Nobody likes to think about dying, however sorting out what will happen to your family financially should the worst happen is important. The best way to do this is by drawing up a valid will, however intestacy (dying without a will) still affects millions of people every year – figures from the Co-operative Legal Services (CLS) shows that 47% of UK adults will die intestate.
If you don’t have a will, essentially it will be down to the government to decide who will benefit from your estate. This is done under the Rules of Intestacy. These rules were quite archaic, however today (1st October) the government is bringing in changes to improve the system.
“The new intestacy rules will simplify how an estate is distributed in the event of someone dying without the correct paperwork in place,” says Danny Cox from adviser Hargreaves Lansdown. “But while this should make life easier for those left behind, this also reinforces the importance of having a valid will in the first place.”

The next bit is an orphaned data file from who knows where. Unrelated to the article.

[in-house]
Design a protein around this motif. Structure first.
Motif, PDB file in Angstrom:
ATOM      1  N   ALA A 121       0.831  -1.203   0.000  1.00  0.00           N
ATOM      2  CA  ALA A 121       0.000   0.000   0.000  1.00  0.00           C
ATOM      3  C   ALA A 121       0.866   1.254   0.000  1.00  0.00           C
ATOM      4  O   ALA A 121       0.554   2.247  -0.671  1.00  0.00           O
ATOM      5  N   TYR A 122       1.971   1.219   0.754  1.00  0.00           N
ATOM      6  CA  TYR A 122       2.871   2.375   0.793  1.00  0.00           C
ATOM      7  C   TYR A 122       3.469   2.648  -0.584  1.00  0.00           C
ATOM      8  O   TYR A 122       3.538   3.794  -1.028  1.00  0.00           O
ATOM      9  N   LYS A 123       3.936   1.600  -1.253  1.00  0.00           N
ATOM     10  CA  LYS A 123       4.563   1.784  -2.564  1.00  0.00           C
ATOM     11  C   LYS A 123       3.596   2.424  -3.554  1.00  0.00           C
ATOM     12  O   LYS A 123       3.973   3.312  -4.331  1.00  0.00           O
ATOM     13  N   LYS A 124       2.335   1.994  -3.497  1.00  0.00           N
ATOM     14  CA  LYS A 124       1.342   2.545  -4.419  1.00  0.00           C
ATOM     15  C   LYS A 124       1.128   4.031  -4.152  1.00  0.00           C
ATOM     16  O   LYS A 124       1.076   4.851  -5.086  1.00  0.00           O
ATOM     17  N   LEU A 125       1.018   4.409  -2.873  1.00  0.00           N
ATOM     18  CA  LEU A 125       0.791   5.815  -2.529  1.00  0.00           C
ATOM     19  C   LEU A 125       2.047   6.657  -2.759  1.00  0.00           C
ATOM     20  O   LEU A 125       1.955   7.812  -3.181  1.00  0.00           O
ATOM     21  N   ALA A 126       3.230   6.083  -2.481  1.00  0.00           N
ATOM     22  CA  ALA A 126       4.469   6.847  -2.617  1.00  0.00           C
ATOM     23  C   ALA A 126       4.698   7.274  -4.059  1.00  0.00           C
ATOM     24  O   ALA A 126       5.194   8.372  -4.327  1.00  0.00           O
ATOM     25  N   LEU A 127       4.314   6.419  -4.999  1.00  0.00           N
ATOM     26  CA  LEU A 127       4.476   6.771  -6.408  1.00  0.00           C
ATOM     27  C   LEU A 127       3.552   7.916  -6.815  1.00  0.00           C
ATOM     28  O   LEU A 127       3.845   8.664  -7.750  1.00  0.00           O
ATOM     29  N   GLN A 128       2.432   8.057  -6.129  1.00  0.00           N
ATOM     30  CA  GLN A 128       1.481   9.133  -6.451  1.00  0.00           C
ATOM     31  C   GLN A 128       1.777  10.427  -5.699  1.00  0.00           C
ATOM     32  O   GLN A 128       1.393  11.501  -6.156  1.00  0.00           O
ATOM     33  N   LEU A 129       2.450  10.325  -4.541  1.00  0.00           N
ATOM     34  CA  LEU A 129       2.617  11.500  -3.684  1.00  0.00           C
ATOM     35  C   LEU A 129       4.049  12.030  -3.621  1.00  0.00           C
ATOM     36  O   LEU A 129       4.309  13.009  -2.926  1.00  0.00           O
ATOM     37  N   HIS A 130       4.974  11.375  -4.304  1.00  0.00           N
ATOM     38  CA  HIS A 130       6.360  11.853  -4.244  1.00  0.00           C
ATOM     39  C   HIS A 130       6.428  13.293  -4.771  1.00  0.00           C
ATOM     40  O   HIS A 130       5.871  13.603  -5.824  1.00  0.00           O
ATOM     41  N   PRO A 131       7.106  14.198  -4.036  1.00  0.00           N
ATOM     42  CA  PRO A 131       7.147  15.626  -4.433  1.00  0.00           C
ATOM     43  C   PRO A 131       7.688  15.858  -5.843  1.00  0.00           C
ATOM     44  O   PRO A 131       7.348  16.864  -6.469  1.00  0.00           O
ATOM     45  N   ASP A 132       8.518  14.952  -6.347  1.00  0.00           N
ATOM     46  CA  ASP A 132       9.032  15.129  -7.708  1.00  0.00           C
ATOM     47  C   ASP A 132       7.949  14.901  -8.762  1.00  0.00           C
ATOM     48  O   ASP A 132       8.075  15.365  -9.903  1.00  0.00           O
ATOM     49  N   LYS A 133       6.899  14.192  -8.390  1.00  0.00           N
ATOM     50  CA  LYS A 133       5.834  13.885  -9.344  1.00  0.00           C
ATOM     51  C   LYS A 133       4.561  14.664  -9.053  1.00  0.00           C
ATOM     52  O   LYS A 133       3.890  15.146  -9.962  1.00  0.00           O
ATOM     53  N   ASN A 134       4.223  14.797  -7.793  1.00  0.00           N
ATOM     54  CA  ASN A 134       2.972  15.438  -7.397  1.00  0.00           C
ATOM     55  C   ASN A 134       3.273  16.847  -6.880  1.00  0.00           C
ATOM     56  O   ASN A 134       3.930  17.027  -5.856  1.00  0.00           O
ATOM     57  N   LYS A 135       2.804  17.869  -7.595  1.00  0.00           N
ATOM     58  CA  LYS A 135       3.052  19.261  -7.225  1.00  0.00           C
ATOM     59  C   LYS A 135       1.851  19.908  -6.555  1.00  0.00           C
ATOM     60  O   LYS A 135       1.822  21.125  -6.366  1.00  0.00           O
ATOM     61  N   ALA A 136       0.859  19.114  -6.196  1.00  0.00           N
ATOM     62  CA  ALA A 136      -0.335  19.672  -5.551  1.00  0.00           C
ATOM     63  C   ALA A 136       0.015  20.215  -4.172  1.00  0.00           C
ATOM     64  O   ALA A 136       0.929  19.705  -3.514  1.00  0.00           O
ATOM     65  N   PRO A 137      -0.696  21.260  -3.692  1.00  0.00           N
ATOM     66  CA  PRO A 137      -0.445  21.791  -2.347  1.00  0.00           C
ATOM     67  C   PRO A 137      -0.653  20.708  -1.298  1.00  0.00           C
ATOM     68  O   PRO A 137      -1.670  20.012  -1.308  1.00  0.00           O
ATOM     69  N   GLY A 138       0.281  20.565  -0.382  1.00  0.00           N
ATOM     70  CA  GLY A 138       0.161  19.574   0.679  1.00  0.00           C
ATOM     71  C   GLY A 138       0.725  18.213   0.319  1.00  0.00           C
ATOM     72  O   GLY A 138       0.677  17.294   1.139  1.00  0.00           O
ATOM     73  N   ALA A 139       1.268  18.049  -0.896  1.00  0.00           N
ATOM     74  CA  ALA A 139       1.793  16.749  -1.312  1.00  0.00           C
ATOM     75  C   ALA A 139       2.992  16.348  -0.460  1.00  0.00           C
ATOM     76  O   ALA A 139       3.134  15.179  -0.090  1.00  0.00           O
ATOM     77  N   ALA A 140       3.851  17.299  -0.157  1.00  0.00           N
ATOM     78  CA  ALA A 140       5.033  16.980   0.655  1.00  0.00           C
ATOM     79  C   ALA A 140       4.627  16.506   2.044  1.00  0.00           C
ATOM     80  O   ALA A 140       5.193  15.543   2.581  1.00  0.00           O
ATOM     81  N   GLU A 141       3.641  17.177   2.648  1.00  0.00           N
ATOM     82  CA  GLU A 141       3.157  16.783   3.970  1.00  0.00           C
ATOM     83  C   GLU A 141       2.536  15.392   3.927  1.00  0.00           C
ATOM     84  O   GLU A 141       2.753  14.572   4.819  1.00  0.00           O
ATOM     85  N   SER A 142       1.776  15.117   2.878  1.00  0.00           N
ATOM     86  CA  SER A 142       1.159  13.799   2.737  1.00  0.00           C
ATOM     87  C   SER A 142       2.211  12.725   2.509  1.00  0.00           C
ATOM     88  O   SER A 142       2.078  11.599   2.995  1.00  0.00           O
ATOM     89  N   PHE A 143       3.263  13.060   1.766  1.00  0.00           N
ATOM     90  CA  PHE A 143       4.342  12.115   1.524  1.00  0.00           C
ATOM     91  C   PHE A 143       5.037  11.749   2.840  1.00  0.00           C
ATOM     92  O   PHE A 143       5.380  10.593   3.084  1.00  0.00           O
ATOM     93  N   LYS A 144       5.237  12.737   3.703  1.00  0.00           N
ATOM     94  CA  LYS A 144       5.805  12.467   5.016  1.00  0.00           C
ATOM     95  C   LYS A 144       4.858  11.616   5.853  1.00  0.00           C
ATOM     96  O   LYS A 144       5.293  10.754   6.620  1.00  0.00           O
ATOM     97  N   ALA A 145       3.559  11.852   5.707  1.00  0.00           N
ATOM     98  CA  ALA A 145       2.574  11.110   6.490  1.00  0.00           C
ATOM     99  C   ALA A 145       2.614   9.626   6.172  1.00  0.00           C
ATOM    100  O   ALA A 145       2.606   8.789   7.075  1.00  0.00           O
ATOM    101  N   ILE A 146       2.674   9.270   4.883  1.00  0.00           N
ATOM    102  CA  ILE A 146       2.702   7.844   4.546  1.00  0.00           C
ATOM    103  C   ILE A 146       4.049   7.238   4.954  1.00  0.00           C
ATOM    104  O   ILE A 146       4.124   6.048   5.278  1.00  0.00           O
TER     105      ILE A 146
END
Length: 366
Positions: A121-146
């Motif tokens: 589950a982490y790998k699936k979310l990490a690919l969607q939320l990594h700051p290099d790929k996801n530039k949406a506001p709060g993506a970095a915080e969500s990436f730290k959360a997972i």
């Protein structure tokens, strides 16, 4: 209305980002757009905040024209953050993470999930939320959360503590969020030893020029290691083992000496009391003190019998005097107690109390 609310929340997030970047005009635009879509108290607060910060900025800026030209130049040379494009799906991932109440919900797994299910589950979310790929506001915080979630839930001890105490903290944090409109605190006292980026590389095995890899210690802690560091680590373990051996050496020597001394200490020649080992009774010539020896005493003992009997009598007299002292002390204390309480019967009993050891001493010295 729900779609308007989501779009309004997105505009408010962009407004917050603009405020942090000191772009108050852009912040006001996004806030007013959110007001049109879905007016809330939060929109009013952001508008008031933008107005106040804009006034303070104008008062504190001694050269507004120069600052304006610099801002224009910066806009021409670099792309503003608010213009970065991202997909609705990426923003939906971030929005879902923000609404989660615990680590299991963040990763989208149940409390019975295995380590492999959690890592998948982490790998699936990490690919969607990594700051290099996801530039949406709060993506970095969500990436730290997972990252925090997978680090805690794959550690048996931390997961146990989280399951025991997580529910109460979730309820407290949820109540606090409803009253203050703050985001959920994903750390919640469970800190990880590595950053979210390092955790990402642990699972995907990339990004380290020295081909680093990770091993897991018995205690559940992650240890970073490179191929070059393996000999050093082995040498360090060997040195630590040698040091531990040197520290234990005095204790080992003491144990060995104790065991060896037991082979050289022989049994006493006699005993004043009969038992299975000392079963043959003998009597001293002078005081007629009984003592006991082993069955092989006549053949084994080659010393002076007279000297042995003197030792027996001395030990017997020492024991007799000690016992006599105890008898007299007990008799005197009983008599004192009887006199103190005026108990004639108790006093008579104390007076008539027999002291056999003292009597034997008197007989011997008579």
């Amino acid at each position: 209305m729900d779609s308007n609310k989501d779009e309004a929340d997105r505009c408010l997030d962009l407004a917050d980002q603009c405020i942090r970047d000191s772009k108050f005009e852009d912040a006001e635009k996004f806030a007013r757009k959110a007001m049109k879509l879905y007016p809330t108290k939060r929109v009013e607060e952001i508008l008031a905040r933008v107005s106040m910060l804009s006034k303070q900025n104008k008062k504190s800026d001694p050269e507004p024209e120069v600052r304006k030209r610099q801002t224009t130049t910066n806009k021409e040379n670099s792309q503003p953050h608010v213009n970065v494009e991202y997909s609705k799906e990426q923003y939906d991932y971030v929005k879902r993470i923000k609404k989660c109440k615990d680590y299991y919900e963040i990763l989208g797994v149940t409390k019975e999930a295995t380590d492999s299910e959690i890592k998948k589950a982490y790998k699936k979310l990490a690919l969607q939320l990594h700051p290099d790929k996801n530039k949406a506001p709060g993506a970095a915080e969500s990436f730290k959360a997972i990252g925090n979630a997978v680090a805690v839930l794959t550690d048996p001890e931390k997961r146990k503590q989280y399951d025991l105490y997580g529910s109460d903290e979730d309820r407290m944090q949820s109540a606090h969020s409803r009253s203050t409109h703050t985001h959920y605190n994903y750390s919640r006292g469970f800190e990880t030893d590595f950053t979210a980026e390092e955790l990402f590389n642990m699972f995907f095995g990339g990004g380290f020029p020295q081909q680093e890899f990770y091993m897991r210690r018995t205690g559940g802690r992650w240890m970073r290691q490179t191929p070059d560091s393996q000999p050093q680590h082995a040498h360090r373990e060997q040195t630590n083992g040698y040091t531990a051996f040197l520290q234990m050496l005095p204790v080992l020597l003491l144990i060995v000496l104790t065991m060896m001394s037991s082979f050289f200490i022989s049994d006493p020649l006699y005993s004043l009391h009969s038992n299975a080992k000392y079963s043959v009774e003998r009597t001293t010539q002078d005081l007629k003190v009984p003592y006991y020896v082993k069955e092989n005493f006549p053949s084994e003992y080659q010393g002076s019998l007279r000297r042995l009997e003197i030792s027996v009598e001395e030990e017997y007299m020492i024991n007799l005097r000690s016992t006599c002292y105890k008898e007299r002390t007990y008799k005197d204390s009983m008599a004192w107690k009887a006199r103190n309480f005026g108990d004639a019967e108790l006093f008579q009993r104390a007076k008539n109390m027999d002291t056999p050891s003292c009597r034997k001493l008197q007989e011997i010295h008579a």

So how will the changes affect you?
Previous rules for married couples and civil partners without children: When someone died intestate, the surviving partner would receive the first £450,000 of the estate plus interest, 50% of the balance over that and also any of the deceased person’s personal possessions (known as chattels). The remaining 50% would then be left to any blood relatives.
New rules: When there are no children, the entire estate will now be left to the surviving partner.
Previous rules for married couples and civil partners with children: The partner would take the first £250,000 of all the deceased’s chattels. The spouse or partner would then also have a life interest in one half of the balance, while the children would take the other half.
New rules: The partner will still take the first £250,000 of the deceased’s chattels, however rather than having a life interest in 50% of the remaining balance they will now receive a capital sum outright.
Previous rules for unmarried couples: Unmarried couples received nothing from their partner’s estate.
New rules: Initially there had been a proposal to include cohabitees, however this has not been included in the agreed changes. This means it is especially important for unmarried couples to draw up a valid will.